Commercial Solar Fields and Farms

As well as being an attractive proposition for homes and business owners who want to save on energy bills and produce clean energy, solar PV technology is increasingly becoming a popular way of profiting from larger pieces of land.

Solar Fields and Industrial Solar

More and more landowners across the UK, especially those in southern England where solar irradiation is at its highest, are installing PV panels on their land in the form of large scale (often up to several megawatts) solar fields (sometimes also called solar parks) in order to benefit from the government Feed-in Tariff (6.85p/kWh for standalone installations of up to 5MW). This can either be done through so-called ‘solar developers’, who install and maintain panels on a piece of land and then pay an annual rental fee to the owner out of the FiT income, or landowners can choose to have a PV installation company install the array and then arrange to sell the energy produced to electricity suppliers.

Such schemes are especially popular with farmers, many of whom are looking to diversify their businesses as certain farming sectors become increasingly unprofitable. In many cases solar fields offer a more reliable source of income than that offered by traditional farming, as the Feed-in Tariff export and generation payments are guaranteed for a period of 25 years. As with smaller systems, solar farms can, of course, also provide low-cost and low-carbon electricity for dwellings and other buildings.

Another increasingly popular way of establishing a solar field is to do so as part of a community or cooperative project. The first example of a community solar project in the UK is the 5MW, 30 acre Westmill solar co-op farm on the Wiltshire/Oxfordshire border, which has sold shares to members of the local community. More information on the Westmill solar co-op is available on the project’s website:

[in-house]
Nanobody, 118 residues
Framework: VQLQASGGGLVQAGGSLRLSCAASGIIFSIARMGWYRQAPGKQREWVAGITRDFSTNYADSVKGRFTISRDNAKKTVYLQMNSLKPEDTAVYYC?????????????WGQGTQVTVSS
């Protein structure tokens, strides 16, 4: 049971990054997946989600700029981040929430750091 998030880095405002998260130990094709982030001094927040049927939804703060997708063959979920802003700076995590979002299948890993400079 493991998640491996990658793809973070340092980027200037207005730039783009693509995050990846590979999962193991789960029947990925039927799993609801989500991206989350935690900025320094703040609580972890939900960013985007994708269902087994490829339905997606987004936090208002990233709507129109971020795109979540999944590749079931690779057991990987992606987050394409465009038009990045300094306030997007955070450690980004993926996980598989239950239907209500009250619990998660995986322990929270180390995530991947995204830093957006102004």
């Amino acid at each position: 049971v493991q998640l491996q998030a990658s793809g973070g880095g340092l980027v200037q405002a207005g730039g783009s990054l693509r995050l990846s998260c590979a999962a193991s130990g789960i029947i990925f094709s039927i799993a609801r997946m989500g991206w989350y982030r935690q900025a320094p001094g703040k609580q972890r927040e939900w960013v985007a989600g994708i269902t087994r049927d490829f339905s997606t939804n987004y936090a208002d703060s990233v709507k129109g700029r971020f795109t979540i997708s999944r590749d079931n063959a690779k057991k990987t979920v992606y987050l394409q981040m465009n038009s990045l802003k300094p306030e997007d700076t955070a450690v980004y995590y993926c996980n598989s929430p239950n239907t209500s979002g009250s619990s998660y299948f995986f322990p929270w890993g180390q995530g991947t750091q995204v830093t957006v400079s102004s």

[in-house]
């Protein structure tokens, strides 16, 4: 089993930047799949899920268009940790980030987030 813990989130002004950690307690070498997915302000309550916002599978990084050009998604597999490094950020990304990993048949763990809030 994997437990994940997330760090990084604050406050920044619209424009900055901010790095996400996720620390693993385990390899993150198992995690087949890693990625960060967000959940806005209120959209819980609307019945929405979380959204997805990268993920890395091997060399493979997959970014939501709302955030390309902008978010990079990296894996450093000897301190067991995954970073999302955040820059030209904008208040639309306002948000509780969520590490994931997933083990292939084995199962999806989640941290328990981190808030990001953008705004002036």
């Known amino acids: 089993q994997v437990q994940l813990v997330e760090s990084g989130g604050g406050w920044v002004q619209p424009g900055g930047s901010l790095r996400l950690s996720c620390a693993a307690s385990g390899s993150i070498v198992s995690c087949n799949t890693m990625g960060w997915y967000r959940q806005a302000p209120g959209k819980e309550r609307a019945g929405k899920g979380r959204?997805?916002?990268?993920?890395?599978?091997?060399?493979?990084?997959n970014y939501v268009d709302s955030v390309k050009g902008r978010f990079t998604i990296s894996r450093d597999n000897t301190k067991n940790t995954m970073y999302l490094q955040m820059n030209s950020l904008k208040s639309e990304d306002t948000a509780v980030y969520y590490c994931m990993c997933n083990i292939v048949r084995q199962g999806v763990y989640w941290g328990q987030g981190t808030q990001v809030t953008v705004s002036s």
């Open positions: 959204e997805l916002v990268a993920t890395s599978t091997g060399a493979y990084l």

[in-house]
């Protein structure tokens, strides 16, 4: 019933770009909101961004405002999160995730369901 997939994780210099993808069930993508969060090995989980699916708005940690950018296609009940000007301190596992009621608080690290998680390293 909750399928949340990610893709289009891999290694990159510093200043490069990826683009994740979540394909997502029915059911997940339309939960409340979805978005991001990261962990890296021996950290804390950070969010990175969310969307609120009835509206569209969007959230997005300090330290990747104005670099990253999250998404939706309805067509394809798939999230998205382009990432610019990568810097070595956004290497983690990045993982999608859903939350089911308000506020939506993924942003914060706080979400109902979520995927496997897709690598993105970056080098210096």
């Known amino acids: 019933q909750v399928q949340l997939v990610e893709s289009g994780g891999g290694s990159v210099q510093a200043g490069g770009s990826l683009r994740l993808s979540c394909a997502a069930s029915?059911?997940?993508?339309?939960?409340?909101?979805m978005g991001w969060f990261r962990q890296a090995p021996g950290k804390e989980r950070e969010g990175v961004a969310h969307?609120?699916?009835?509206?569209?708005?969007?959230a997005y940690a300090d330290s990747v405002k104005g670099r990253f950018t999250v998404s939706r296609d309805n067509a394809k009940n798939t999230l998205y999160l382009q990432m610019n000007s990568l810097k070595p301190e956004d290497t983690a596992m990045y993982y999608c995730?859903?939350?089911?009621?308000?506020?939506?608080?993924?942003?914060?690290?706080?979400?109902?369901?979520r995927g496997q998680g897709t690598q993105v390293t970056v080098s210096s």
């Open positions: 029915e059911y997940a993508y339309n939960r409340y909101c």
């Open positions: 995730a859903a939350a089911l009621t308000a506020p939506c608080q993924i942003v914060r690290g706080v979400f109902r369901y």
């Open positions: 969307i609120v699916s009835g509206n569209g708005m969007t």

http://www.westmillsolar.coop/

Though the exact amount of money to be earned from solar fields/parks depends largely on the amount of available land and other site-specific factors, the figures are often very attractive indeed. A common figure quoted is that developers will pay rent of around £1,000 per annum per acre of land used for a solar field installation which in many cases will be higher than the normal rent value of the land. For those landowners who chose to install the PV array themselves the income is sure to be even higher, though obviously this option presents a slightly higher financial risk.

 The Feed-in Tariff rates available to large scale solar PV arrays are available in the table above. It should be remembered that though FiT income is often tax-free for individuals, it counts as taxable income for businesses. Farmers should bear in mind that income from a standalone PV array may impact upon the tax relief offered by the Single Farm Payment, so it is a good idea to check with an accountant before proceeding with the PV installation.

 

Suitability for Commercial Solar Panels

Given the high upfront cost involved, the feasibility, development and planning processes required for large scale solar projects are usually lengthy and highly detailed. Substantial building or landscaping work may also be required.  As with any other solar PV installation, in order for a site to be suitable it must usually meet certain conditions, such as:

  • few obstacles (trees, hills, buildings, etc) which could cause shading issues and reduce the output of the array
  • some PV developers may set a minimum area of land for it to be financially viable
  • the proposed site must not be susceptible to floods
  • flat or south sloping ground is optimal
  • there must be access for initial construction and regular maintenance
  • planning permission is unlikely to be granted for proposed sites located in protected areas
  • there must be a local connection to the electricity grid

The solar field installation itself will comprise the PV panels, frames, inverters and cables, as well as security measures such as fencing and even cameras for some larger installations. There will also be a central control and monitoring hut.

Though regular checks of the array are required, PV panels have no moving parts, which make them reliable and durable. More information on the maintenance requirements of PV panels.

Find a Commercial Solar Panel Installer here:

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